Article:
DIVISIONAL teams have a place in the county senior championships – but the cooperation of players holds the key to their success, says Cork GAA CEO Kevin O’Donovan.
In recent years, Carbery, for example, has struggled to make an impact in the county senior football championship. The division’s last championship win was in 2017. In his end-of-season 2021 report, manager Tim Buckley lamented the lack of interest in the division’s football team, highlighting it was at ‘a crossroads’. He also revealed that he received a ‘disappointing’ response from 40 players who were contacted to see if they were interested in coming on board last year.
‘We face huge challenges in maintaining interest amongst the clubs and the players going forward as the rewards for such commitment are just not forthcoming at present and in a nutshell the current format just doesn’t seem to appeal to the players,’ Buckley said.
In this year’s Premier SFC, divisional and college teams will play in their own competition and one team will progress to the PSFC proper at the quarter-final stage. Three seeded teams – UCC, MTU and Duhallow – progress to the divisional/college semi-finals, and they will be joined by the winner of the unseeded section that consists of all other divisional entries, such as Carbery, Beara and Muskerry. These round-robin games, in football, will take place on Thursdays in June (9th, 16th, 23rd and 30th), while in the divisional and colleges’ section of the hurling championship the games will be played on Tuesdays (7th, 14th, 21st and 28th) in June.
Former Carbery GAA Chairman Tom Lyons told The Southern Star in December that he feels ‘there is no space and no future for divisional teams’ in the current format, adding ‘the divisional section of the championship is now squeezed into midweek somewhere and divisions have to field without their inter-county players.’
Lyons added: ‘Do players want divisional teams? Maybe. Do clubs want them? I honestly don’t believe they do. Does the county board want them, that’s the big question? I think their days in the championships are numbered, unfortunately.’
But Cork GAA CEO Kevin O’Donovan told The Star Sport Podcast that he believes there is a future for divisional teams in the county championships.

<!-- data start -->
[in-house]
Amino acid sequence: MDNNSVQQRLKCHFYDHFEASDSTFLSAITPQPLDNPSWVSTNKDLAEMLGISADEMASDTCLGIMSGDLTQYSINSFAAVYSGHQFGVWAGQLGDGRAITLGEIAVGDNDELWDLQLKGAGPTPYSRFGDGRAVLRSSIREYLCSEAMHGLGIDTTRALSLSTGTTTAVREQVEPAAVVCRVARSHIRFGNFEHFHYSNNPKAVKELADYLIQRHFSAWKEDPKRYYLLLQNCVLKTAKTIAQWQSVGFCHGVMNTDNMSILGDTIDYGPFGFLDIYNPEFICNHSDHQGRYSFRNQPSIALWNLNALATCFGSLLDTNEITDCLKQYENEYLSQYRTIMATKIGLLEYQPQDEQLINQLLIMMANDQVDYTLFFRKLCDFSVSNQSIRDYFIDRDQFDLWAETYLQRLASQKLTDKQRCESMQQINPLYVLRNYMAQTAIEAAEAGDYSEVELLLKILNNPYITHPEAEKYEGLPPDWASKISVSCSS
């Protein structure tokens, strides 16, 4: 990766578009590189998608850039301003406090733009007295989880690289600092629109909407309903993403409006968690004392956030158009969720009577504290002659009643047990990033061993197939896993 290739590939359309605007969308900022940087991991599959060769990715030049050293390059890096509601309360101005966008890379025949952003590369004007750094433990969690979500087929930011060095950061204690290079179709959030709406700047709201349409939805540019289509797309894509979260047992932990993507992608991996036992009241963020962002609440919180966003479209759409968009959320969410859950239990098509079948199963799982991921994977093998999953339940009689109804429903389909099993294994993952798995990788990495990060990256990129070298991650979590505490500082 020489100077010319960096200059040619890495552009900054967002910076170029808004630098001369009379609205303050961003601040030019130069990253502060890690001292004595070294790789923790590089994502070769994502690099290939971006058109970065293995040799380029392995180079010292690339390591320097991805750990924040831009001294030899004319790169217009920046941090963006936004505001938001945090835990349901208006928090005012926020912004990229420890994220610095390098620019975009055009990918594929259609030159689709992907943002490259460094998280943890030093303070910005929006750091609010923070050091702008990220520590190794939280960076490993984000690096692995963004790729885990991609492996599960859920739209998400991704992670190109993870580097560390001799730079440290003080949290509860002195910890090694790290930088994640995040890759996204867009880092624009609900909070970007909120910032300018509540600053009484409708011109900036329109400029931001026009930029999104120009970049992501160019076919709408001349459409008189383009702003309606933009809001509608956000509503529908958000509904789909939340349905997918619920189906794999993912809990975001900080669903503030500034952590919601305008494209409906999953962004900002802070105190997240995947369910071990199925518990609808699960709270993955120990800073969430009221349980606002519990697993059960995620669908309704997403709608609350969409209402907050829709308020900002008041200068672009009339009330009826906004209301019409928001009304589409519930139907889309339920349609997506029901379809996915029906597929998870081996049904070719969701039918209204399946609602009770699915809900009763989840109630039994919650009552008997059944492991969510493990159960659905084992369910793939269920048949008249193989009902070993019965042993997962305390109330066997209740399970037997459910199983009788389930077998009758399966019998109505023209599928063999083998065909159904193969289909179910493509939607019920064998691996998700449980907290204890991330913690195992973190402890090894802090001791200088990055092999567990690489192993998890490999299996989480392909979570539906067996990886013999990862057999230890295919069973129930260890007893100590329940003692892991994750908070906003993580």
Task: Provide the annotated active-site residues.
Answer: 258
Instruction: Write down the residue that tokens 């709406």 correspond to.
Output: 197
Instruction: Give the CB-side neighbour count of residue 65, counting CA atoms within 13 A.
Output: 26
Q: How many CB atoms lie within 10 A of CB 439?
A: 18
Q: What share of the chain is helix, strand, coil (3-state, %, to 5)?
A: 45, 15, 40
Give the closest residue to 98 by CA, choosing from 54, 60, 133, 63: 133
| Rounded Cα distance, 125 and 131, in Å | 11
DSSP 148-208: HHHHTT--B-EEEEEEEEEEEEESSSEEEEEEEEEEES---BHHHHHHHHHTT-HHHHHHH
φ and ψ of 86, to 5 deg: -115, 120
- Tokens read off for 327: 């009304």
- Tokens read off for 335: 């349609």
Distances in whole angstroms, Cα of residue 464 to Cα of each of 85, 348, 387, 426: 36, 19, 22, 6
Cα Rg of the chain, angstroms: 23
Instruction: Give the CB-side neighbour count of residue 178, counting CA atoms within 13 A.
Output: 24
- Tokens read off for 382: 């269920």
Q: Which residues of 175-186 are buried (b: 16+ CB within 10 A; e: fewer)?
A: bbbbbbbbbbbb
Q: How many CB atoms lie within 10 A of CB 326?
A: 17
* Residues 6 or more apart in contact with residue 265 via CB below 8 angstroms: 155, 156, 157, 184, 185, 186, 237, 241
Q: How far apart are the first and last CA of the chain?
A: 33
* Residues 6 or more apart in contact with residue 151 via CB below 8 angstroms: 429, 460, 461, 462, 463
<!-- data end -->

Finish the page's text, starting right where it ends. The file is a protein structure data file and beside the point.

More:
‘There will always be room for them as long as the players in those divisions want to play,’ O’Donovan said.
‘There is no question mark over the Duhallow footballers, for example. They have as many games as anyone and a lot of them are playing dual as well. They want to play, they field a team. It’s difficult at times, they get caught with tight schedules, like Kanturk playing on a Friday night and Duhallow on a Sunday evening, or perhaps worse. We can’t get out of that because our programme is based around giving the club player regular, meaningful games.
‘This is not a problem of the last two years since the new format came in. I have been involved with Carbery hurling and was at a Carbery convention 20 years ago when there was a proposal to pull the team out of the championship because the players didn’t want to play. That push and pull is always happening. There will be a place for divisional teams. Their place is safe, but it is up to the players involved to express a desire to play. We have come up with what we think is the best option, to play in a particular window with the weaker divisions in the June period before the clubs get busy with championship activity, and then the Imokillys and the Duhallows join in at a later date. That model will be played out over the next few years and we’ll see then.
‘There is no agenda, there is no-one trying to get rid of divisional teams but there are only so many days in the week. Our main objective is that every player, in our 400 adult teams in the county, gets regular and meaningful games.’